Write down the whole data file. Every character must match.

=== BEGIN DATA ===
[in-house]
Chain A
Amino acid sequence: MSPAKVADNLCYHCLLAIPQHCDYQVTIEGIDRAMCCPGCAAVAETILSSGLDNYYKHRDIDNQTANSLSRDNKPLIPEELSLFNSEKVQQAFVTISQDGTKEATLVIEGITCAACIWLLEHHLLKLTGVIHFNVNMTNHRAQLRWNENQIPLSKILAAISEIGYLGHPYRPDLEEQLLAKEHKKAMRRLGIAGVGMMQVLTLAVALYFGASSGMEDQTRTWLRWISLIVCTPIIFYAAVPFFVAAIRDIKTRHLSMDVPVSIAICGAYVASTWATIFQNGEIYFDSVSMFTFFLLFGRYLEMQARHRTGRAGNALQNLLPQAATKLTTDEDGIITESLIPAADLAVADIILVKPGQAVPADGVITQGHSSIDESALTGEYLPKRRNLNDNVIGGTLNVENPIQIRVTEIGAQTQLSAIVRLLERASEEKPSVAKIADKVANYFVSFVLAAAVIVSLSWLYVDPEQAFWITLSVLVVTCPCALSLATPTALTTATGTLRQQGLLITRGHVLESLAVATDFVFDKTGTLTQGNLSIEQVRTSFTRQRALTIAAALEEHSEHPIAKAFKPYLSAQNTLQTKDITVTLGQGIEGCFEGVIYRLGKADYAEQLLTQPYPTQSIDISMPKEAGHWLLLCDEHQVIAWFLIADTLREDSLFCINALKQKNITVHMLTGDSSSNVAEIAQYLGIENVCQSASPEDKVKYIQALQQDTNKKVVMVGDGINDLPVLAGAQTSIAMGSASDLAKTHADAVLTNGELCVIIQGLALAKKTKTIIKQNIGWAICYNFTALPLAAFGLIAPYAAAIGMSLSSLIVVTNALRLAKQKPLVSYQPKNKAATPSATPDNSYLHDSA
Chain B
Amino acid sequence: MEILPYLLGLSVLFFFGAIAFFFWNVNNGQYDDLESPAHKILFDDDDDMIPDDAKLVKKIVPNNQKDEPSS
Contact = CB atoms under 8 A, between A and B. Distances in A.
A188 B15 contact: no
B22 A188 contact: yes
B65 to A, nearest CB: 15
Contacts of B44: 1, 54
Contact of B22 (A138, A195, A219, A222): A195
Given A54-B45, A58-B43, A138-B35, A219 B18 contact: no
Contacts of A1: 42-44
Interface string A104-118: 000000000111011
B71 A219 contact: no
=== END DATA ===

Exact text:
[in-house]
Chain A
Amino acid sequence: MSPAKVADNLCYHCLLAIPQHCDYQVTIEGIDRAMCCPGCAAVAETILSSGLDNYYKHRDIDNQTANSLSRDNKPLIPEELSLFNSEKVQQAFVTISQDGTKEATLVIEGITCAACIWLLEHHLLKLTGVIHFNVNMTNHRAQLRWNENQIPLSKILAAISEIGYLGHPYRPDLEEQLLAKEHKKAMRRLGIAGVGMMQVLTLAVALYFGASSGMEDQTRTWLRWISLIVCTPIIFYAAVPFFVAAIRDIKTRHLSMDVPVSIAICGAYVASTWATIFQNGEIYFDSVSMFTFFLLFGRYLEMQARHRTGRAGNALQNLLPQAATKLTTDEDGIITESLIPAADLAVADIILVKPGQAVPADGVITQGHSSIDESALTGEYLPKRRNLNDNVIGGTLNVENPIQIRVTEIGAQTQLSAIVRLLERASEEKPSVAKIADKVANYFVSFVLAAAVIVSLSWLYVDPEQAFWITLSVLVVTCPCALSLATPTALTTATGTLRQQGLLITRGHVLESLAVATDFVFDKTGTLTQGNLSIEQVRTSFTRQRALTIAAALEEHSEHPIAKAFKPYLSAQNTLQTKDITVTLGQGIEGCFEGVIYRLGKADYAEQLLTQPYPTQSIDISMPKEAGHWLLLCDEHQVIAWFLIADTLREDSLFCINALKQKNITVHMLTGDSSSNVAEIAQYLGIENVCQSASPEDKVKYIQALQQDTNKKVVMVGDGINDLPVLAGAQTSIAMGSASDLAKTHADAVLTNGELCVIIQGLALAKKTKTIIKQNIGWAICYNFTALPLAAFGLIAPYAAAIGMSLSSLIVVTNALRLAKQKPLVSYQPKNKAATPSATPDNSYLHDSA
Chain B
Amino acid sequence: MEILPYLLGLSVLFFFGAIAFFFWNVNNGQYDDLESPAHKILFDDDDDMIPDDAKLVKKIVPNNQKDEPSS
Contact = CB atoms under 8 A, between A and B. Distances in A.
A188 B15 contact: no
B22 A188 contact: yes
B65 to A, nearest CB: 15
Contacts of B44: 1, 54
Contact of B22 (A138, A195, A219, A222): A195
Given A54-B45, A58-B43, A138-B35, A219 B18 contact: no
Contacts of A1: 42-44
Interface string A104-118: 000000000111011
B71 A219 contact: no